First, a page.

Cases reported "pain"

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1/3608. Pyorrhoea as cause of pyrexia.

    Three patients with fever and malaise, one of whom also had joint pains, were extensively investigated before their condition was attributed to dental sepsis. Each patient recovered fully after appropriate dental treatment. Dental sepsis should be added to the list of possible causes of pyrexia of undetermined origin, and a routine dental examination should be carried out in each case. ( info)

2/3608. Femoral neck stress fracture presenting as gluteal pain in a marathon runner: case report.

    A case is described of a 50-year-old man with a femoral neck stress fracture presenting as gluteal pain. An operative pinning procedure of the femoral neck was performed for stabilization. Femoral neck stress fractures are often misdiagnosed early in their presentation. The signs and symptoms can mimic those of more commonly seen disorders. Appropriate physiatric history and physical examination, along with indicated studies, will help prevent misdiagnosis and potentially serious complications associated with musculoskeletal pathology. ( info)

3/3608. magnetic resonance imaging of acquired Brown syndrome in a patient with psoriasis.

    PURPOSE: To report the occurrence of acquired Brown syndrome and associated magnetic resonance imaging findings in a patient with psoriasis. methods: A 42-year-old woman with a history of psoriasis developed pain, double vision, and limited elevation of her left eye in adduction. An orbital magnetic resonance image with gadolinium enhancement was obtained. RESULTS: Orbital magnetic resonance image disclosed abnormal enhancement of the left trochlea/tendon complex. The patient's symptoms resolved with corticosteroid therapy. CONCLUSIONS: Acquired Brown syndrome may be associated with psoriasis. The inflammation of the trochlea/tendon complex that can cause acquired Brown syndrome can be demonstrated on magnetic resonance image. ( info)

4/3608. Use of transdermal amitriptyline gel in a patient with chronic pain and depression.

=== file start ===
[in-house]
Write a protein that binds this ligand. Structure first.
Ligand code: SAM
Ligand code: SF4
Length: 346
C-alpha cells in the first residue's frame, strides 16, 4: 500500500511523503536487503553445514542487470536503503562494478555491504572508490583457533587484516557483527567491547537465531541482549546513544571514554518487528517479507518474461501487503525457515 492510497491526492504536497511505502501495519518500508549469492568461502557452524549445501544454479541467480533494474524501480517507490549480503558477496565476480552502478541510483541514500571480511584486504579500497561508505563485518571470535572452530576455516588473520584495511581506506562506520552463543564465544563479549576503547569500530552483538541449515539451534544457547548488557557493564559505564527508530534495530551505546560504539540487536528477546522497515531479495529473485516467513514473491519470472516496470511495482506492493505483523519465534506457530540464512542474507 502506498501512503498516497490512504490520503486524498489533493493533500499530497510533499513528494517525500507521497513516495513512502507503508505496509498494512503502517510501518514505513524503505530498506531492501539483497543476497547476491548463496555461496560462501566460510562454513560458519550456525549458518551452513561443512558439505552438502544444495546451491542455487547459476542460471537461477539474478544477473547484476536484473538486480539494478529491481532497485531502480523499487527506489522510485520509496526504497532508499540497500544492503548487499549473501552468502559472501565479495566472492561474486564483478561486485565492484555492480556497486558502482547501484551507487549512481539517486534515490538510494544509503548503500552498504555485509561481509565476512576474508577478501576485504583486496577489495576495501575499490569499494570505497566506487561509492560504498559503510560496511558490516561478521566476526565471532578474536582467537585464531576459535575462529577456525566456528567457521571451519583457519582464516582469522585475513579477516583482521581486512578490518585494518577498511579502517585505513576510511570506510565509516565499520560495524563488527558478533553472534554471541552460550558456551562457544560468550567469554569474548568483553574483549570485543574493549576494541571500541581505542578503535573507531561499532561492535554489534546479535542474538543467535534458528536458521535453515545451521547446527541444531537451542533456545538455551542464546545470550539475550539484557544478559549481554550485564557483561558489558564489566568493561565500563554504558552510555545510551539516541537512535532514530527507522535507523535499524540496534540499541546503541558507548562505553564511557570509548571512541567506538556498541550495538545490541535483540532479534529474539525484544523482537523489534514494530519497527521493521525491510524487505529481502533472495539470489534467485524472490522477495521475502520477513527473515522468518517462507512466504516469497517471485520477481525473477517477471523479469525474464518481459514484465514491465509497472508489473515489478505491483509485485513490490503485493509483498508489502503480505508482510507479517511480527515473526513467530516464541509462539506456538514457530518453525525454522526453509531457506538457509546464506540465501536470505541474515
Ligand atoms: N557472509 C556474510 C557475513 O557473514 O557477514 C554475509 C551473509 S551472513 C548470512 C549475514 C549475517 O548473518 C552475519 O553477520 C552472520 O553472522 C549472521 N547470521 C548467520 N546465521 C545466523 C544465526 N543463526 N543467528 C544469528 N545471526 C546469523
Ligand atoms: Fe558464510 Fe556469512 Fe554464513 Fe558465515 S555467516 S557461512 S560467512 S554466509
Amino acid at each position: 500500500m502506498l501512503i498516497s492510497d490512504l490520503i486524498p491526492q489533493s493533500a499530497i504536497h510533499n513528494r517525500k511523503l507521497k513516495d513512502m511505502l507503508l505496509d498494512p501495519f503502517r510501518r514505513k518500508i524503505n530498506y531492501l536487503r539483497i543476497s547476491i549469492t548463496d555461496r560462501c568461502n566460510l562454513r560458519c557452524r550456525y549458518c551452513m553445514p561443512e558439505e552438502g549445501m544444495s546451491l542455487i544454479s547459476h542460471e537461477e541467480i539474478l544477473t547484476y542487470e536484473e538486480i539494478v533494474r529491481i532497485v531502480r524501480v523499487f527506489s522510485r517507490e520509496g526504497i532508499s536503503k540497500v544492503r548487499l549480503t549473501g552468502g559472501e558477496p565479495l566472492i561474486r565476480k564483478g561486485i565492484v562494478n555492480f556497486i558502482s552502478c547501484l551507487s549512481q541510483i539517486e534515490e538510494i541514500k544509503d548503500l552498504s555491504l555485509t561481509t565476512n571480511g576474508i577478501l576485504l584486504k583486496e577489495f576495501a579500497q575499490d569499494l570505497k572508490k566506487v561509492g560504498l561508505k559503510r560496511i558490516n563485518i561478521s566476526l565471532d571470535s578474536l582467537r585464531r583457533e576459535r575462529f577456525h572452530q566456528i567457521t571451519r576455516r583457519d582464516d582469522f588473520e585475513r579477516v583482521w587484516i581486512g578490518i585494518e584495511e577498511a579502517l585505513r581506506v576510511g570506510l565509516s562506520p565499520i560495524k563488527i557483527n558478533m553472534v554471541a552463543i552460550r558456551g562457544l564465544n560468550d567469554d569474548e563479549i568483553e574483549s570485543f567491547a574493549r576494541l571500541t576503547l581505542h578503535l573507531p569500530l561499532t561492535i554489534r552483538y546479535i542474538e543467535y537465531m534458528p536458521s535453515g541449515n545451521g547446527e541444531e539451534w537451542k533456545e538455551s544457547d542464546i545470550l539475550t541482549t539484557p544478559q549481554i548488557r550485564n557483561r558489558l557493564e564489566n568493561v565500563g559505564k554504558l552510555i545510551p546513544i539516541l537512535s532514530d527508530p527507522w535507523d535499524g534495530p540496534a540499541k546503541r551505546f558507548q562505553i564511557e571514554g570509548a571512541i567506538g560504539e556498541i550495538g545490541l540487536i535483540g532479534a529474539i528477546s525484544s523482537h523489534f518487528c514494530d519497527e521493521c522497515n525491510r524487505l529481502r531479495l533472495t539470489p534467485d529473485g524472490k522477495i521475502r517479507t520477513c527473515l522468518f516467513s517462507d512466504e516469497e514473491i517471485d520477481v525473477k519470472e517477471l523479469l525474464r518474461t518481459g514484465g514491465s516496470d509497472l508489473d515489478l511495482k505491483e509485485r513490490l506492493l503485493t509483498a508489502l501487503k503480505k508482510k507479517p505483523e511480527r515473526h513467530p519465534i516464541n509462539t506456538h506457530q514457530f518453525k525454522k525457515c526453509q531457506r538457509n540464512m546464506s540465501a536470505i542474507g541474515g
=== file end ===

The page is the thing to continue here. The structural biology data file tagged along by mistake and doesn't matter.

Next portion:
A man with severe inflammatory bowel disease suffered from chronic abdominal pain and depression. A transdermal amitriptyline gel preparation was compounded since he was unable to take drugs orally serum concentrations of amitriptyline and its active metabolite nortriptyline were measured over 24 hours. Symptoms of depression were monitored before starting transdermal therapy and at the end of 6 weeks. Pain symptoms and amitriptyline adverse drug events were monitored daily Steady-state serum concentrations of drug and metabolite were within the therapeutic range over 24 hours. The patient reported that his mood was improved but his abdominal pain remained unchanged. Transdermal amitriptyline gel was well tolerated and is an alternative delivery system in patients unable to take drugs orally. ( info)

5/3608. Pubic pain in athletes: a case due to an abscess in the obturator muscle.

    Pubic pain is a common symptom in soccer players. Its cause can be difficult to determine. We report a case in a 19-year-old soccer player who had an abscess in the obturator internus muscle. We are aware of only one similar report in the literature. Painful limitation of internal rotation of the hip and evidence of infection suggested the diagnosis, which was confirmed by magnetic resonance imaging. In a soccer player, a fever and groin pain do not always indicate osteitis pubis. Limitation of internal rotation of the hip should suggest a lesion in the obturator internus muscle. ( info)